Chris Buescher capped Roush Fenway Keselowski Racing’s dominant day at Richmond (Va.) Raceway with a trophy, holding off the field on a restart with three laps remaining to win the NASCAR Cup Series Cook Out 400 Sunday afternoon – his and the RFK team’s first victory of the season.
Buescher and his teammate Brad Keselowski (also a co-owner of RFK) combined to lead a race-best 190-of-400 laps – Buescher’s 88 laps out front was the most laps he’s ever led in a race in his eight-year NASCAR Cup Series career. And it all results in an important automatic bid into the 16-driver Playoff field with only four races remaining in the regular season.
Buescher’s No. 17 RFK Ford ultimately held off last week’s race winner, Denny Hamlin by a slight .549-seconds although Buescher had held more than a five-second advantage on Hamlin’s No. 11 Joe Gibbs Racing Toyota up until that caution flag flew for an accident involving Noah Gragson and Daniel Suarez in the closing laps.
“It was smooth sailing trying to take care of this Fastenal Mustang, it was so good and trying to take care of it there and about the time (crew chief) Scott (Graves) said over the radio ‘It’s working perfect, keep it up,’ and then there’s a caution,’’ said Buescher with a smile.
“But we were so strong during the race, I had a good feeling there about it,’’ added Buescher who now has three career NASCAR Cup Series wins. “So awesome to pull it off. I’m proud of everybody. That was a long way from the back.’’
That late-race yellow flag was the only caution flag on the day other than the two stage breaks. And the afternoon racing at the Richmond three-quarter mile track was physically demanding under intense heat – over 130-degrees inside the race car. As seventh-place finisher Martin Truex Jr. said smiling after the race, “my cheek feels like it’s sunburned, it was like a hair dryer blowing on you.’’
The 30-year old Texas native Buescher, however, handled the heat and the field, starting 26th but steadily working his way forward. He first cracked into the Top-5 by lap 160 of the 400-lap race, chasing down then-leaders Bubba Wallace, Tyler Reddick, Keselowski and Hamlin.
For a race with so many green flag laps, it was actually issues on pit road that thwarted several winning efforts, not problems racing on the track.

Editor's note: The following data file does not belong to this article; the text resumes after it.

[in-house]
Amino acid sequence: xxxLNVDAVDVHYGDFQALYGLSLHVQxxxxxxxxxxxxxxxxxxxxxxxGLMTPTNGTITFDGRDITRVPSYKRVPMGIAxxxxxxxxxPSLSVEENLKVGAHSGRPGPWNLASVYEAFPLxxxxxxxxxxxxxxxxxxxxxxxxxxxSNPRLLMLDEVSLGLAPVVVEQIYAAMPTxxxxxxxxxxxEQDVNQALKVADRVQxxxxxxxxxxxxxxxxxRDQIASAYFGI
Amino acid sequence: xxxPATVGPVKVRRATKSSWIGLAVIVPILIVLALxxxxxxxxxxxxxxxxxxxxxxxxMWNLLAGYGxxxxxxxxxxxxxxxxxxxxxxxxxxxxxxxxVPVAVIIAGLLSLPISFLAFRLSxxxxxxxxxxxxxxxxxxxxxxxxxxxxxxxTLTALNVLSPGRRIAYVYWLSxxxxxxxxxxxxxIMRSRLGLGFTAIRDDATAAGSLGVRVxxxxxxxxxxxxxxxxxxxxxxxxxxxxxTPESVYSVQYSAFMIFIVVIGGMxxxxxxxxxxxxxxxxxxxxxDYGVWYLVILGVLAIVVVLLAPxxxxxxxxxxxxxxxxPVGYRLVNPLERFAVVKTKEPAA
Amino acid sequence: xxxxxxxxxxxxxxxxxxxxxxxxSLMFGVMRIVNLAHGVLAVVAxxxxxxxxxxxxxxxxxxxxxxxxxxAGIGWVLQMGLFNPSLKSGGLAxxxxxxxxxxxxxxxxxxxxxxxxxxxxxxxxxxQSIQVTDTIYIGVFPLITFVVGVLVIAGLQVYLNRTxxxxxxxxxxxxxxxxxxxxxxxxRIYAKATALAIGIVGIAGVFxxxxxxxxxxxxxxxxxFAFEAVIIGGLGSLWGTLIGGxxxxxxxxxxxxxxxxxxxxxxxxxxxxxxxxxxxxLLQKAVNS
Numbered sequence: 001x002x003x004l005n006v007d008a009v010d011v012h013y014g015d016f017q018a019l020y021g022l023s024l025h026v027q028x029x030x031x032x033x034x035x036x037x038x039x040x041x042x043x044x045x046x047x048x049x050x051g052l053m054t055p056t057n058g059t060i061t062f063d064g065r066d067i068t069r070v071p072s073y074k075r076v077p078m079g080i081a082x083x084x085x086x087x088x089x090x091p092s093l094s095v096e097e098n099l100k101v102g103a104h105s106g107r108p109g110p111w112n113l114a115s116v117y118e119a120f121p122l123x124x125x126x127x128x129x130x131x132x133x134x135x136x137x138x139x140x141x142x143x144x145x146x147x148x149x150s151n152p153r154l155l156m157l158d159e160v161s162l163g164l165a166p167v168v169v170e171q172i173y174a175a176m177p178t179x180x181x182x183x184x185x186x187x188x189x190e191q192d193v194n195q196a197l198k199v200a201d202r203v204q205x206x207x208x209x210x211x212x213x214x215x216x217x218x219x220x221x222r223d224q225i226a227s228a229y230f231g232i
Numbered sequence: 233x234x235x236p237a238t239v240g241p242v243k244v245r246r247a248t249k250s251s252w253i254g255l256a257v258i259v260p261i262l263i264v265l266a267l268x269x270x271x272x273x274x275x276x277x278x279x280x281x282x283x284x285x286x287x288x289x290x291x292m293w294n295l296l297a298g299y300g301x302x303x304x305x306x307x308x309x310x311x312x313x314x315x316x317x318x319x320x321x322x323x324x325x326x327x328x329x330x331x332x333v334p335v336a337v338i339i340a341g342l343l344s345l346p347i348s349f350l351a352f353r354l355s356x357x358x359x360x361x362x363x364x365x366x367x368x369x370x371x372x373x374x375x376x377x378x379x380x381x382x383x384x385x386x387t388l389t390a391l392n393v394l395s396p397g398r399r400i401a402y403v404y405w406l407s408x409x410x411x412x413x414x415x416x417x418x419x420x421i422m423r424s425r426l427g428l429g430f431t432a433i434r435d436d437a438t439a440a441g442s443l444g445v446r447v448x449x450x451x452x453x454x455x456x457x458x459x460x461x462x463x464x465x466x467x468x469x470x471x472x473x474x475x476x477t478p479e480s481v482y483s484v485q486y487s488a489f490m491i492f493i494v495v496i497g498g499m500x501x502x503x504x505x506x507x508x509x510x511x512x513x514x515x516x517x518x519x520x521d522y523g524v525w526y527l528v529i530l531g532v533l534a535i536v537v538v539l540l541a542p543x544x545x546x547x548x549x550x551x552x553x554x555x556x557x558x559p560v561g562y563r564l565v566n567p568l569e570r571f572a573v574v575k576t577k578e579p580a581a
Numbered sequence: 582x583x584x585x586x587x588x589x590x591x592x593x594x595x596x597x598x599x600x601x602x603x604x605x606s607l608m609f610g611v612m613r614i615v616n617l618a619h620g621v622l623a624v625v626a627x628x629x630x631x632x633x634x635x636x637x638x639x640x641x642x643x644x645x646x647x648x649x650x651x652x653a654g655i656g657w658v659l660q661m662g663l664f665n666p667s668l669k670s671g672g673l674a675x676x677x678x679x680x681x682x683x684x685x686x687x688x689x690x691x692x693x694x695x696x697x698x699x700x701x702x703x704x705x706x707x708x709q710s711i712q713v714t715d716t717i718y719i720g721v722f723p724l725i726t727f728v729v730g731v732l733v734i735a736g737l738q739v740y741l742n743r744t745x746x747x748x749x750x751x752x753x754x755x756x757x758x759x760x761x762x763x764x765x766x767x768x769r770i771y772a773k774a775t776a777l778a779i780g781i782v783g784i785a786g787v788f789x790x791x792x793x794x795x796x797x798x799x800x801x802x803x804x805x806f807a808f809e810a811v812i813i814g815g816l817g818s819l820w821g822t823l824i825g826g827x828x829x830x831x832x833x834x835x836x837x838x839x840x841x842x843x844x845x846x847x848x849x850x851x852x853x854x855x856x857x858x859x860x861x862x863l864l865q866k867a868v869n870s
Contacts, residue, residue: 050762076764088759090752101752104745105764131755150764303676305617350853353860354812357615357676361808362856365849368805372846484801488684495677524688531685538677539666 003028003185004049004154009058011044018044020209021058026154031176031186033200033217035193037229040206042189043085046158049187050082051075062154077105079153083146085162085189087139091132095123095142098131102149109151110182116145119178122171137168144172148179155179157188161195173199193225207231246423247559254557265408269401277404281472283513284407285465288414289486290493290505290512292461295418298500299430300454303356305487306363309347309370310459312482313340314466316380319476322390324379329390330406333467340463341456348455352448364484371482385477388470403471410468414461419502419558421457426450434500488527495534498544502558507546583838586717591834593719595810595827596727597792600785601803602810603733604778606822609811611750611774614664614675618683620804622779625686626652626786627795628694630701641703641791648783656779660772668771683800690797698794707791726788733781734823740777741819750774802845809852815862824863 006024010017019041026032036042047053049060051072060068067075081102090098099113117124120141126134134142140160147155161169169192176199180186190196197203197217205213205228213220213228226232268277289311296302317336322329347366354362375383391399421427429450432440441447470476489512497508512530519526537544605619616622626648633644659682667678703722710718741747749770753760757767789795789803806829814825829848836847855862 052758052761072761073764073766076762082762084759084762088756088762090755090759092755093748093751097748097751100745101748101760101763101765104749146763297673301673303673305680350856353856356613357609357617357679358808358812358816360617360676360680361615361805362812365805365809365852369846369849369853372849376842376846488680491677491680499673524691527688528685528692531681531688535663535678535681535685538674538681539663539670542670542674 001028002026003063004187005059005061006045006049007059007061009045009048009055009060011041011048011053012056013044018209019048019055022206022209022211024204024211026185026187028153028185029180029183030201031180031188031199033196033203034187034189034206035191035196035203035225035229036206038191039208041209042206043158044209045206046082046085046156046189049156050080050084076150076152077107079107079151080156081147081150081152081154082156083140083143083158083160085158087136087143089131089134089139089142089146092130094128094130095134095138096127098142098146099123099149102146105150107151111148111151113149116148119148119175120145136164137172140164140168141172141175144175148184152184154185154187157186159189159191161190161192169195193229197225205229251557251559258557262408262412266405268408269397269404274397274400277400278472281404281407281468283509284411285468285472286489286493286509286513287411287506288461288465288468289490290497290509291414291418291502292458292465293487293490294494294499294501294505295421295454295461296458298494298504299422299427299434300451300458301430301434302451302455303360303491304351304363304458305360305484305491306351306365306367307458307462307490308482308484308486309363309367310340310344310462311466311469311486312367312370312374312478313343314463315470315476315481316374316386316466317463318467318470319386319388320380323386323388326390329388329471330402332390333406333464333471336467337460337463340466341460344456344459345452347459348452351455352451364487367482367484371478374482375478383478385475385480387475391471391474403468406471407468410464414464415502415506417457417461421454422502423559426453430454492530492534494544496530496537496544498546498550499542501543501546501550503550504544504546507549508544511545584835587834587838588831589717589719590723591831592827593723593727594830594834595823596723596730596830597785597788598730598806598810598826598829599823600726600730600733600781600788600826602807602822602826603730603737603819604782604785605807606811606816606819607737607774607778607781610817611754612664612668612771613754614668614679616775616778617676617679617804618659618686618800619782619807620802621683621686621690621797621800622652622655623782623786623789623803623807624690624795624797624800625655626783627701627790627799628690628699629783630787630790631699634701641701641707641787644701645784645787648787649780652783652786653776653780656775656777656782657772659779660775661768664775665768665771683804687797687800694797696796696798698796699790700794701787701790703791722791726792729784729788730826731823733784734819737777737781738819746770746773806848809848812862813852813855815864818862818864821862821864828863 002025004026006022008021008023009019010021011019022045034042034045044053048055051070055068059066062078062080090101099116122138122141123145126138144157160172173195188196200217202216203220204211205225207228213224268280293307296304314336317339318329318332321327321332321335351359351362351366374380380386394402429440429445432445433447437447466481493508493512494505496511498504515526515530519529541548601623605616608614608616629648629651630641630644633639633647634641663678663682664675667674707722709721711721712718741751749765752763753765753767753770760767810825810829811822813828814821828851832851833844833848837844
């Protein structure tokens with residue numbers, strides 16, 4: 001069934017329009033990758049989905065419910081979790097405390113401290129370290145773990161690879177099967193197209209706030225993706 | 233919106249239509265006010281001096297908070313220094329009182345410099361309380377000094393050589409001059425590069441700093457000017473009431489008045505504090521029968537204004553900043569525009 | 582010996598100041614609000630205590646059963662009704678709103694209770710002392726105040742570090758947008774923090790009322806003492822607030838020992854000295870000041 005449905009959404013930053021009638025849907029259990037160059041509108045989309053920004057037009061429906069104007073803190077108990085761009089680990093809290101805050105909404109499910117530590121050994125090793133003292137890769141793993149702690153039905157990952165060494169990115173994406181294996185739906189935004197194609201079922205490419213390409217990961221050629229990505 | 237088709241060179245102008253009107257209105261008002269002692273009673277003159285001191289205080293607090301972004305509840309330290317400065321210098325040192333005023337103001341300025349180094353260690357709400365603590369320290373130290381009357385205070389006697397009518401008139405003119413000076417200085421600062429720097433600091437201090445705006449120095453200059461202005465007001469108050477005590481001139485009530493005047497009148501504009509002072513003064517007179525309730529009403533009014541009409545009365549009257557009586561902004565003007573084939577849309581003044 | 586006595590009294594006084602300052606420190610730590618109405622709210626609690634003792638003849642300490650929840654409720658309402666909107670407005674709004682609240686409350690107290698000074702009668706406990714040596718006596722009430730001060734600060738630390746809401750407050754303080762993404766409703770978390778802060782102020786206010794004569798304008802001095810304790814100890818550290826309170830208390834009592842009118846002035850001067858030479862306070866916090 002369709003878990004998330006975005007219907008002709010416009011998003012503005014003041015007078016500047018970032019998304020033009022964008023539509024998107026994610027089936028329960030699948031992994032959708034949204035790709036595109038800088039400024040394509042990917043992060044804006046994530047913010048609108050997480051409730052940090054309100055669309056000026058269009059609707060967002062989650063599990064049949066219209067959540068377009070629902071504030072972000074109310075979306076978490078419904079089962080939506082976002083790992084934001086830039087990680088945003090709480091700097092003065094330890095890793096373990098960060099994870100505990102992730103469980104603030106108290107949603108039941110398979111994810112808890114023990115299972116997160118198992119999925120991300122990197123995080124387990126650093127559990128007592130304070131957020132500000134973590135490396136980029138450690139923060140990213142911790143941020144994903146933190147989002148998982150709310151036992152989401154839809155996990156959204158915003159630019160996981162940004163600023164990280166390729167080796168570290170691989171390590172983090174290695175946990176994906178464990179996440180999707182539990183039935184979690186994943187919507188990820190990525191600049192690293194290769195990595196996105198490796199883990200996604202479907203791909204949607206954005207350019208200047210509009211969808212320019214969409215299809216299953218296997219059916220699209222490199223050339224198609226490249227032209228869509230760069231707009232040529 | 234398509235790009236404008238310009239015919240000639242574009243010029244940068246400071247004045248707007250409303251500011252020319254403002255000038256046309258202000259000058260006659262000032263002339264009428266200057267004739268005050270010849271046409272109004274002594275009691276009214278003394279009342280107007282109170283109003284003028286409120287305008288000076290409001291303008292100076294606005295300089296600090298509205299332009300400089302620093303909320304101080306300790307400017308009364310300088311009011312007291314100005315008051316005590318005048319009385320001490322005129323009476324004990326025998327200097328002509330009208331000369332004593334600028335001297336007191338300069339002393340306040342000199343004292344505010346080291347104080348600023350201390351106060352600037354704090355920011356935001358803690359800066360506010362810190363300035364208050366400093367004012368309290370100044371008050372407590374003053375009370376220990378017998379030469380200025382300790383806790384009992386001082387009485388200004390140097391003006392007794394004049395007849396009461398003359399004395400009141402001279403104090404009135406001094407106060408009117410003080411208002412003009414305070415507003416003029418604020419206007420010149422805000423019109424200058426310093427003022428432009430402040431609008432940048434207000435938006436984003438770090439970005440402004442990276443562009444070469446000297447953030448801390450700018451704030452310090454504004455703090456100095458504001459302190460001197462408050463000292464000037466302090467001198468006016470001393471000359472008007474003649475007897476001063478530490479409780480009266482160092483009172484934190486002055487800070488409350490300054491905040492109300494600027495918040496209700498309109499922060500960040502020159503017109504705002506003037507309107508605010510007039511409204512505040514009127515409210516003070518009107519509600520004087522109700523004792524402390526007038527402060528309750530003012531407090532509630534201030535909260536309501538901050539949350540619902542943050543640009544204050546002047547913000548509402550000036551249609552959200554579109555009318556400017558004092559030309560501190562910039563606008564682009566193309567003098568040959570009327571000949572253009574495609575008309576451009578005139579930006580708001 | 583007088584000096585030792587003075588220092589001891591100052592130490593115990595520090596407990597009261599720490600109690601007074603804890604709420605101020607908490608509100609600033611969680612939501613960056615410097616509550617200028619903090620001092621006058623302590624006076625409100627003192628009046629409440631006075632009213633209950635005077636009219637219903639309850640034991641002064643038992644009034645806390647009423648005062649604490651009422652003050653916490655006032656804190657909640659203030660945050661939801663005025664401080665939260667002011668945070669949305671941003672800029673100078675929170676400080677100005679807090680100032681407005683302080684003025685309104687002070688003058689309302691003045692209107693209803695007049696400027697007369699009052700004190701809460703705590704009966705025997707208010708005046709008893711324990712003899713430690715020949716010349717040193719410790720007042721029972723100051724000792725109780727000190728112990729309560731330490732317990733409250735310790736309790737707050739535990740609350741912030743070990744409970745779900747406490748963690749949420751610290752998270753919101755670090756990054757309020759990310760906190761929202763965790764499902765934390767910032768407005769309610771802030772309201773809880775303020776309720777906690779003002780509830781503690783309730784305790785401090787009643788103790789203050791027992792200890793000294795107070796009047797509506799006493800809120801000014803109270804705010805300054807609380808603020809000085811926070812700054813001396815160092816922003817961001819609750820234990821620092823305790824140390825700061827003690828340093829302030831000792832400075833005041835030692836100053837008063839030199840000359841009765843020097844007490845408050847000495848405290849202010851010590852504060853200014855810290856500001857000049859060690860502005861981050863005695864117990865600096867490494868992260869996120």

Wallace’s 80 laps out front mid-race in the No. 23 23XI Racing Toyota marked the most laps led in a single race in his career. But he ultimately had to play catch-up when his team had a slow tire change on green flag pit stop on Lap 175. He finished 12th.
With 56 laps remaining, race polesitter and Wallace’s 23XI teammate Tyler Reddick got flagged for violating the commitment line coming to pit road for green flag stop, relegating him from running among the Top-3 to desperately trying to remain on the lead lap with the laps counting down. He finished 16th after leading 81 laps early – every lap of Stage 1 en route to claiming his fourth stage win.
Similarly, Keselowski suffered a misstep in the pits after his No. 6 RFK Ford led a race-best 102 laps. He made an awkward turn into his pit during a green flag stop with 115 laps remaining and it cost just enough time to allow his teammate Buescher to take the lead with under 100 laps remaining.
“We wanted to finish one-two, that’s the ultimate goal, but we still had a heckuva day,’’ said Keselowski, who finished sixth and won Stage Two - his third stage win of the season.
Richard Childress Racing’s Kyle Busch – the all-time active winner at Richmond – finished third; his best showing on a short track this season. Team Penske’s Joey Logano rallied in the late laps to finish fourth and Stewart-Haas Racing’s Ryan Preece turned in his best showing of the season with a fifth place run.
Keselowski and Truex finished sixth and seventh followed by SHR’s Aric Almirola, Richard Childress Racing’s Austin Dillon and SHR’s Kevin Harvick. Chase Briscoe finished 11th giving SHR one of its best full team efforts of the season – all four cars inside the Top-11.
Every car in the 36-car field finished the race, the first time the full field was running at the end since 2018.
Buescher is now the 12th driver to win a race in 2023, leaving four positions still available for a new winner or the top drivers in points. Harvick and Keselowski hold more than a 100-point advantage on the 16th place cutoff. Wallace is up 54 points and Front Row Motorsports driver Michael McDowell holds an 18-point buffer on Joe Gibbs Racing rookie Ty Gibbs for that 16th place position. Kaulig Racing’s A.J. Allmendinger is 22 points behind McDowell.
Four races now remain to settle the 2023 Playoff field. The series moves north next week for Sunday’s Firekeepers Casino 400 at Michigan International Speedway (2:30 p.m. ET, USA Network, MRN, SiriusXM NASCAR Radio). Harvick is the defending race winner.